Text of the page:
Tuesday, June 10, 2014
The Tigress of Forli by Elizabeth Lev
One of the characters that made an appearance in both versions of the Borgia series I've seen, was Caterina Sforza, a woman whose name on this book goes by Caterina Riario Sforza De'Medici. How's that for a mouthful.
Her Wiki entry has some of the nuts and bolts of her life. This book takes such nuts and bolts and expands them greatly. Elizabeth Lev does a nice job of making a book that's at once readable and one filled with notes from dozens if not hundreds of other resources which curious readers can go further on and read.
In terms of gaming, there is much to mine here.
1. Background. Caterina is raised to enjoy hunting and the military arts. The author notes that this was because unlike other nobles of the time, Caterina comes from a mercenary family that rose to prominence on the strength of their sword arm so raising all the children to fight was only normal and natural as opposed to segregating them into different roles.
2. People: Caterina has eight kids by three different husbands. Two of those husbands had powerful alliances to other families of the time. This doesn't count Caterina's own family and the rise and fall of status dependent upon not only your own abilities as a ruler or with diplomacy, but on the rise and fall of others that you may have no direct control over.
3. Rapid Reversal: There are several times throughout the scene that Elizabeth Lev sets, where one is assured that based on X, Y should happen. Nope. For example, when assassins kill her second husband, they think that they will be greeted with a hero's welcome. They are killed by the dozens instead. This happens a few times where people hear, "Oh, this is a problem is it? I shall solve it and all shall love me." only to find out that yeah, that was pretty much idle talk and acting on it was really stupid.
4. Different Perspectives: One of the other characters that made an appearance in both Borgia series was Savonarola, the initial inspiration for the bonfire of the vanity. Apparently he and Caterina had exchanged correspondence and it left an impact on Caterina that would follow her for the rest of her days. In this exchange, Savonarola doesn't' get much page time, but he does sound rather sane and reasonable unlike how he was portrayed in either series. For one person, an ally might seem saintly and full of vigor and vim and for another person, an adversary of devastating cunning and ability.
5. Disease: Since this is a book about the Renaissance and the various French invasions of Italy, we have to have some mention of 'The French Disease', along with Malaria, and the Bubonic Plague, all of which make their appearance in this historical. Indeed, is is no sword or poison that ends Caterina's life, but rather disease.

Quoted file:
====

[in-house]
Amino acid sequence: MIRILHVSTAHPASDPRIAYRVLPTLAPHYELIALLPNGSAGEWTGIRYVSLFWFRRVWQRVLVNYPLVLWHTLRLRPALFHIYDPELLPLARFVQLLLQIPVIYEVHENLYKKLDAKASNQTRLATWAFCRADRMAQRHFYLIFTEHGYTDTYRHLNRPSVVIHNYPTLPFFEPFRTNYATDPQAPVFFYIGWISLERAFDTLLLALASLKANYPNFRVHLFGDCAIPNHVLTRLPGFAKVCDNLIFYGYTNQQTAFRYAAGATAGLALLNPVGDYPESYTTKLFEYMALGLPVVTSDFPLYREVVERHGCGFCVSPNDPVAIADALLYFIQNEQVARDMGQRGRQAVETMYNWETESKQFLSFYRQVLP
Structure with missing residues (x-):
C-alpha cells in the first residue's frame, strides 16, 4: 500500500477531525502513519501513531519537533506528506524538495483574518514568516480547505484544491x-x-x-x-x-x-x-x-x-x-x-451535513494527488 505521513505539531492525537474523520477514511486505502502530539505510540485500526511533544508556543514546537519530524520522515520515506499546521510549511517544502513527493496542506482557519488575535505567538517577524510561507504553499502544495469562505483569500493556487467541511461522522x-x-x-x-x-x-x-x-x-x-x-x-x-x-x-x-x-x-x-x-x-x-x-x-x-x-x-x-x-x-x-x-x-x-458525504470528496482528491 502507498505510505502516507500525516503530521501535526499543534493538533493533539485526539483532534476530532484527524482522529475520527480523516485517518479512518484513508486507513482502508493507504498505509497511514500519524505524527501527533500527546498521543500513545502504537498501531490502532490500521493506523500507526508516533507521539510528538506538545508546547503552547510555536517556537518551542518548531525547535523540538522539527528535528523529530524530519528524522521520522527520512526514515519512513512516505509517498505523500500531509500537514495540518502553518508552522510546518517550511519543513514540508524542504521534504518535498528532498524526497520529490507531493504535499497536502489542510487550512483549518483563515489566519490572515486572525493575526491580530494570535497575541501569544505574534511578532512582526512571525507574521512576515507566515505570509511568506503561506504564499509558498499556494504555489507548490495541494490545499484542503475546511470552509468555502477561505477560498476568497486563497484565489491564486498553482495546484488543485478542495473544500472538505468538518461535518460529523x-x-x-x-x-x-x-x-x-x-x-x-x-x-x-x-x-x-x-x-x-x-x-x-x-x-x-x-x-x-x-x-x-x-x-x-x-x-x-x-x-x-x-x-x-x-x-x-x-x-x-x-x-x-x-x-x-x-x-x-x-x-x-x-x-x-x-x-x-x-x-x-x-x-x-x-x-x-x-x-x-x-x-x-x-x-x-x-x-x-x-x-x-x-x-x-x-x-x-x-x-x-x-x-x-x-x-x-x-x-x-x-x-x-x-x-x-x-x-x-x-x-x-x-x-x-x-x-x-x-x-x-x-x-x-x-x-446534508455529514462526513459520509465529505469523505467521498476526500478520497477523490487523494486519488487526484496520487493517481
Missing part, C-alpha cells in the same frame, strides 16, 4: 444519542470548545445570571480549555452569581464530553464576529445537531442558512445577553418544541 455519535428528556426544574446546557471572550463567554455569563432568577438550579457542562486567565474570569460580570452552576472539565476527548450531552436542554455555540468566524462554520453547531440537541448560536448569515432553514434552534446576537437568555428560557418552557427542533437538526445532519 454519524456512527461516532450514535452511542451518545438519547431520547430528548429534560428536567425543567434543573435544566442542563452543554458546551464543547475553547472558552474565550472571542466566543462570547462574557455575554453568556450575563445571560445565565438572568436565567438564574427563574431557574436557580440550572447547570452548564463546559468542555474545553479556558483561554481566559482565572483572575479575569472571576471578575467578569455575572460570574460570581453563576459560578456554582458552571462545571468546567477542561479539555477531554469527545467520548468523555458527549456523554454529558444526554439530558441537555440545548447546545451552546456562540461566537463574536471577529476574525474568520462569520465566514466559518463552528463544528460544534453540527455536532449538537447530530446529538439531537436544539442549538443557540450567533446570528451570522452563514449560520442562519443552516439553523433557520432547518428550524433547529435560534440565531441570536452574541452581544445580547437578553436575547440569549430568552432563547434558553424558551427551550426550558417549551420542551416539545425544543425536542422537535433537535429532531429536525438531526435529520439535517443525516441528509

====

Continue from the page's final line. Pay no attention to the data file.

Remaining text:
6. Social Combat: Initially there are many celebrations and honors given to Caterina upon her initial marriage as that was to a 'cousin' (some say illegitimate bastard) of the Pope of the time, Pope Sixtus IV. Thanks to that connection, Caterina has social advantage and ability that many in her time lacked and the parties that followed allowed for a lot of intermingling that could have consequences lasting well past the initial meetings.
7. Instability: When a pope dies in Rome, the citizens go a little crazy and form into unruly mobs. This can be a situation in a standard game as well when a well loved figure dies and there is a time of mourning as well as individuals using these situations to their advantage. Easier to send in the assassins while the city burns then attack the front gates.
8. Esoteric Hobbies: Among the many things that Caterina enjoy, hunting in the gaming grounds of the city Pavia, as well as breeding and riding horses, she was reknown for her herbalist skills and even had a book published on her findings. Some have even referred to her skills as 'alchemy'. In a fantasy campaign, it's easy to imagine Caterina having levels of Noble, Alchemists, and Fighter among others.
There are so many characters that Caterina interacts with or is there to see rising, that it gives the whole of the Renaissance itself a greater feel, like some massive tapestry that cannot be seen in one viewing and must be taken in from various angels.